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HSE warns of risks of performing CPR during Covid-19 pandemic

Whether to administer CPR is still a personal choice, said the HSE.

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The use of a defibrillator is one of seven steps laid out by the HSE (Chris Radburn/PA)

The use of a defibrillator is one of seven steps laid out by the HSE (Chris Radburn/PA)

The use of a defibrillator is one of seven steps laid out by the HSE (Chris Radburn/PA)

The HSE has warned the public about the risks of performing CPR during the Covid-19 pandemic.

The HSE said that the public, particularly those familiar with cardiopulmonary resuscitation (CPR), play a key role in responding to people who collapse in public spaces, and in many instances save lives.

In light of the current pandemic and the possibility that the person who has collapsed may have Covid-19, the HSE said there is an element of risk, adding that CPR has to be managed in a new way.

“A person whose heart has stopped is unlikely to survive if CPR is not administered before the arrival of the ambulance service,” a HSE spokeswoman said.

“It is a personal choice if you decide to give CPR.”

Our advice sets out seven practical steps to reduce the risk while performing CPR, which also gives the person who has collapsed the best chance of survival during Covid-19 pandemicProfessor Martin Cormican

New advice issued by the HSE includes:

– At all times keep your hands away from your face.

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– If a person has collapsed in a public space, do look for signs of breathing and signs of life.

– Do not listen or feel for breathing by placing your ear and cheek close to the person’s mouth.

– Dial 112 or 999 and ask for an ambulance. If Covid-19 is suspected, tell them when you call.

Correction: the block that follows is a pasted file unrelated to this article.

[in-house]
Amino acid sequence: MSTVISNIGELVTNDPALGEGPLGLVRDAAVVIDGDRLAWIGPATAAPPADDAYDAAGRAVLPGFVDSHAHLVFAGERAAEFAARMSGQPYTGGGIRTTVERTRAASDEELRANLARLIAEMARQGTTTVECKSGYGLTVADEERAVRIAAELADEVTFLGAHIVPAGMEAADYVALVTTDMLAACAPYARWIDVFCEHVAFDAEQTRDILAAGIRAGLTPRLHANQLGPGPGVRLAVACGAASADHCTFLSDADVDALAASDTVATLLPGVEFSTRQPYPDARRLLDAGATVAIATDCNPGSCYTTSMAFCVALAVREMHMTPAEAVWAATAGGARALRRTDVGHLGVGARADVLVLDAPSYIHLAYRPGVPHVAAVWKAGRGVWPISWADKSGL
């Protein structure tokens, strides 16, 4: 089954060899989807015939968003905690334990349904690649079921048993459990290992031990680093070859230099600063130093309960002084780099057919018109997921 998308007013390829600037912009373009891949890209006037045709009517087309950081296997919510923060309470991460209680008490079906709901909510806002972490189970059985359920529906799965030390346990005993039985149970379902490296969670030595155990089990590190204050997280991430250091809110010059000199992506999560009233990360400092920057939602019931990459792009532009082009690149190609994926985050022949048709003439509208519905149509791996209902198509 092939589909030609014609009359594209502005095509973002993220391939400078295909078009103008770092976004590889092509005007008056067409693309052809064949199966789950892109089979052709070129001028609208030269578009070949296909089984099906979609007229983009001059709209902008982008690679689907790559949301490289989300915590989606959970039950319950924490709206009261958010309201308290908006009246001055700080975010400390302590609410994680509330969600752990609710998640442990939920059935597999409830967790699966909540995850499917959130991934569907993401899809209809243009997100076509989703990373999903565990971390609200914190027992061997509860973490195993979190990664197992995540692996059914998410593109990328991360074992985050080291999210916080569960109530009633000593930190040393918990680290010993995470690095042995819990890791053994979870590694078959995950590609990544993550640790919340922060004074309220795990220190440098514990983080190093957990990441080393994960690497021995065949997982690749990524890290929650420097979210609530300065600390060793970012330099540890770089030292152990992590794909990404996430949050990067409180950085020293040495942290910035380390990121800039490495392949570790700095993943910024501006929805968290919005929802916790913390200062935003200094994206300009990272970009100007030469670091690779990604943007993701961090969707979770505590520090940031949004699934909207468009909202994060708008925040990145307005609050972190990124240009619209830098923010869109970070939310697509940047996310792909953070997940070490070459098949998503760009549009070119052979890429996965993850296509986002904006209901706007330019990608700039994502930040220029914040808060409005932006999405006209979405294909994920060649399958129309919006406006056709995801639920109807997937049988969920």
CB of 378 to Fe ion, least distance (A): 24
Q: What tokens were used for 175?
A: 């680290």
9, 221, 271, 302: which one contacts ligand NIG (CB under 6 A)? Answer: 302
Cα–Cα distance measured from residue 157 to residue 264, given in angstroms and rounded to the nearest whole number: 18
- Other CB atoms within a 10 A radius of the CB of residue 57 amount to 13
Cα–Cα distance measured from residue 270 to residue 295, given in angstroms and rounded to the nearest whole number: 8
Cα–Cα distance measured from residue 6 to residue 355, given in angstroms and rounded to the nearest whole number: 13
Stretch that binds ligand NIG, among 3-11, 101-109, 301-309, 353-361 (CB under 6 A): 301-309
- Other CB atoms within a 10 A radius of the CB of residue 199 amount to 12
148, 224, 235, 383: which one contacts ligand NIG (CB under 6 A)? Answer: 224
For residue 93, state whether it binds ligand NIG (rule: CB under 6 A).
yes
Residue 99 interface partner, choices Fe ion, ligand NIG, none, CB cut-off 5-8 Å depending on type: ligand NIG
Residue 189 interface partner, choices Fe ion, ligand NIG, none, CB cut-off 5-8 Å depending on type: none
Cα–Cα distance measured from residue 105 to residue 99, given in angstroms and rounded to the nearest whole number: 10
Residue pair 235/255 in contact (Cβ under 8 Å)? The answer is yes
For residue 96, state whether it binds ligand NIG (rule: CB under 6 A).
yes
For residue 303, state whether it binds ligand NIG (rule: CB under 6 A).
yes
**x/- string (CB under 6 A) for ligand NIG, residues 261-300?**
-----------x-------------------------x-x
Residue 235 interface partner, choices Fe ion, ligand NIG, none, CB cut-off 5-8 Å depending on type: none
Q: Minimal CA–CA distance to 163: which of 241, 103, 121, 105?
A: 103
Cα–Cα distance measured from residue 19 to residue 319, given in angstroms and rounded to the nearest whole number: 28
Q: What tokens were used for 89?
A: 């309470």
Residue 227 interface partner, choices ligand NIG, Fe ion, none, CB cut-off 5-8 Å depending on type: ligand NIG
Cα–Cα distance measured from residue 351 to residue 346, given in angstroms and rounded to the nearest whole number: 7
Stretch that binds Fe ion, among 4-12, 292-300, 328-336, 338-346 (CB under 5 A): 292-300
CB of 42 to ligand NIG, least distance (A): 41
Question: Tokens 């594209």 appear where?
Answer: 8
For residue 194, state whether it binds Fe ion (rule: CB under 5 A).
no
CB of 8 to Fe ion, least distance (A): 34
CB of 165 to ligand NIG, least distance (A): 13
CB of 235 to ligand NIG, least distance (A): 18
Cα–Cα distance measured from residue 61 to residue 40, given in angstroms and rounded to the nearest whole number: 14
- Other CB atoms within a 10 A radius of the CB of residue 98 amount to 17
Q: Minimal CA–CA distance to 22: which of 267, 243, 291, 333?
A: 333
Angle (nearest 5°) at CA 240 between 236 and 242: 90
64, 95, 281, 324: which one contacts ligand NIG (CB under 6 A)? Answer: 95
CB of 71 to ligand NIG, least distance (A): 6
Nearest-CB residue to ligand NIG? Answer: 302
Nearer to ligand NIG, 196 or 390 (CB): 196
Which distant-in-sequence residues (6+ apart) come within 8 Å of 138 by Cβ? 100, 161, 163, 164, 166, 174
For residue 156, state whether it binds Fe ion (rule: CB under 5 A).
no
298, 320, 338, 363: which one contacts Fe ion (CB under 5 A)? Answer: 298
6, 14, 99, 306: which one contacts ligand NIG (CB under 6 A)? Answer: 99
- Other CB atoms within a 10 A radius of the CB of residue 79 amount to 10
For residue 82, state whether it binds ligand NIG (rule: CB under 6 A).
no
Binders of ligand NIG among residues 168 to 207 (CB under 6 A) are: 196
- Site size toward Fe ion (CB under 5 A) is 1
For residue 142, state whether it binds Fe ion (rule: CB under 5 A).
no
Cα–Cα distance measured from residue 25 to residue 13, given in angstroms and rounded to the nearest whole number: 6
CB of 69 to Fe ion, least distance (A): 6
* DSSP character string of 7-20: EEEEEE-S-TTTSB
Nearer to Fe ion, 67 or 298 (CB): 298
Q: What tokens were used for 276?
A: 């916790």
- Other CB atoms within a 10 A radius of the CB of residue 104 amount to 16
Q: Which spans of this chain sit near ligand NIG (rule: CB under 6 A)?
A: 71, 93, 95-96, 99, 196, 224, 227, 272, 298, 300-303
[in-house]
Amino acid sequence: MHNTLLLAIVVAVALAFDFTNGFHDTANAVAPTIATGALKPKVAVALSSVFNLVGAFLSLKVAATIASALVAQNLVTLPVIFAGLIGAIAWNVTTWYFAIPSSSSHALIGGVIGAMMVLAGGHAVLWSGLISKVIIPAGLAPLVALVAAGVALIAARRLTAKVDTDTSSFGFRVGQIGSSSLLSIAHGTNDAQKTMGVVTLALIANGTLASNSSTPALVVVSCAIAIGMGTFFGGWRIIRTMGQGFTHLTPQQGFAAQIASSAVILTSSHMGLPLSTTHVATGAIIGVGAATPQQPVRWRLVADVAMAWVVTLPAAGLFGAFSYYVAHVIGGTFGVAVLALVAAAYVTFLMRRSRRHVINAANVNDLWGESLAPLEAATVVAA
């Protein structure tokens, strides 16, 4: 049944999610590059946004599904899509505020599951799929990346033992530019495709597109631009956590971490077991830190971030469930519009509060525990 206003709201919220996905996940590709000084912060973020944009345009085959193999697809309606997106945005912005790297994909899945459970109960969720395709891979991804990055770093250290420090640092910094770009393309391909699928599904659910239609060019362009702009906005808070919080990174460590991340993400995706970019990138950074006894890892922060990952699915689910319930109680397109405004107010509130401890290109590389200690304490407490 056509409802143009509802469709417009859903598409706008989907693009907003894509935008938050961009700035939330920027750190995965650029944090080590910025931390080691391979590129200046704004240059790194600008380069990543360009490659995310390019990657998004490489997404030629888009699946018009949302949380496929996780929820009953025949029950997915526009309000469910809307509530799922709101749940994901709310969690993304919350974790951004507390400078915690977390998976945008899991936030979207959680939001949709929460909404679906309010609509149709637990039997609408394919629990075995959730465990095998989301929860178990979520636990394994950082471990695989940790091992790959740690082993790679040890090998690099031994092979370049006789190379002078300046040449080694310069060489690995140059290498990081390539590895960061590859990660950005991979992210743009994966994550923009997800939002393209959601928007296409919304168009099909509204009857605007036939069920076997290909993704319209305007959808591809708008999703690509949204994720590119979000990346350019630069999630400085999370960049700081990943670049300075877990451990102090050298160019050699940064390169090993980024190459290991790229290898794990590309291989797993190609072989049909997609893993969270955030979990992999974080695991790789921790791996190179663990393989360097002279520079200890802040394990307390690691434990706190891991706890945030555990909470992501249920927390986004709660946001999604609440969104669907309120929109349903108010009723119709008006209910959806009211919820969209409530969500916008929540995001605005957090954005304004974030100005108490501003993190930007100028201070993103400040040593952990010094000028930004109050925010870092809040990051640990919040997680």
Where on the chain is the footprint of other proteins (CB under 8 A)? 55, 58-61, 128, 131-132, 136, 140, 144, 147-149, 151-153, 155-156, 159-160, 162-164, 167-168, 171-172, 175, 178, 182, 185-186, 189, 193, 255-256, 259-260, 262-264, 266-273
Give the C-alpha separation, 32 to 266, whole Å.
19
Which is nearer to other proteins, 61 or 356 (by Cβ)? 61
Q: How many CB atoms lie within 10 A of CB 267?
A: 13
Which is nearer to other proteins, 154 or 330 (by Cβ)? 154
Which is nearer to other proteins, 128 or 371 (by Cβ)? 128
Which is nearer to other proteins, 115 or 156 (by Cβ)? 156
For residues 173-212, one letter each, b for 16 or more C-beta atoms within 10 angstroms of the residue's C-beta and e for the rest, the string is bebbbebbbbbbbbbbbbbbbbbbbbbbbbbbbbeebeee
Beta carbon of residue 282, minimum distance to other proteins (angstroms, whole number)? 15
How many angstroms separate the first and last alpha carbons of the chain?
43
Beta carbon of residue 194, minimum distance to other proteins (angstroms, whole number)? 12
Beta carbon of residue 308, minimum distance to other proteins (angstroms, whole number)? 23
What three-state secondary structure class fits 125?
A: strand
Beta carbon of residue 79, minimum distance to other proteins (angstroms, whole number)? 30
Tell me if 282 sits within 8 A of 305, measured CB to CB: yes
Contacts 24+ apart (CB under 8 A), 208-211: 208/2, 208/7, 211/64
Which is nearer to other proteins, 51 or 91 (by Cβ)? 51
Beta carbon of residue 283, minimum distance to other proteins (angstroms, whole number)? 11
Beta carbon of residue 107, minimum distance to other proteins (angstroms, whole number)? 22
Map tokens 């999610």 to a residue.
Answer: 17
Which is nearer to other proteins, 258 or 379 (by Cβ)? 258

– Use an AED (automated external defibrillator) as soon as possible. This significantly increases the person’s chances of survival. Place the AED pads on the person’s chest and apply a shock, if prompted by the AED. This is a safe procedure and should be attempted by a first responder.

– Perform chest compressions only. Do not give mouth to mouth rescue breaths. If there is a perceived risk of infection, you should place a cloth/towel over the person’s mouth and nose and attempt compression only CPR and early defibrillation until help arrives.

– Afterwards, clean your hands using soap and water or an alcohol based hand sanitiser.

Prof Martin Cormican, national lead for Infection Control and Antimicrobial Resistance, said: “For many people who were willing to carry out CPR it is now more difficult to know what to do because of Covid-19.

“We understand that this decision is very personal.

“Our advice sets out seven practical steps to reduce the risk while performing CPR, which also gives the person who has collapsed the best chance of survival during the Covid-19 pandemic.

“Remember to ring 112/999 and ask for the ambulance service for any medical emergency.”

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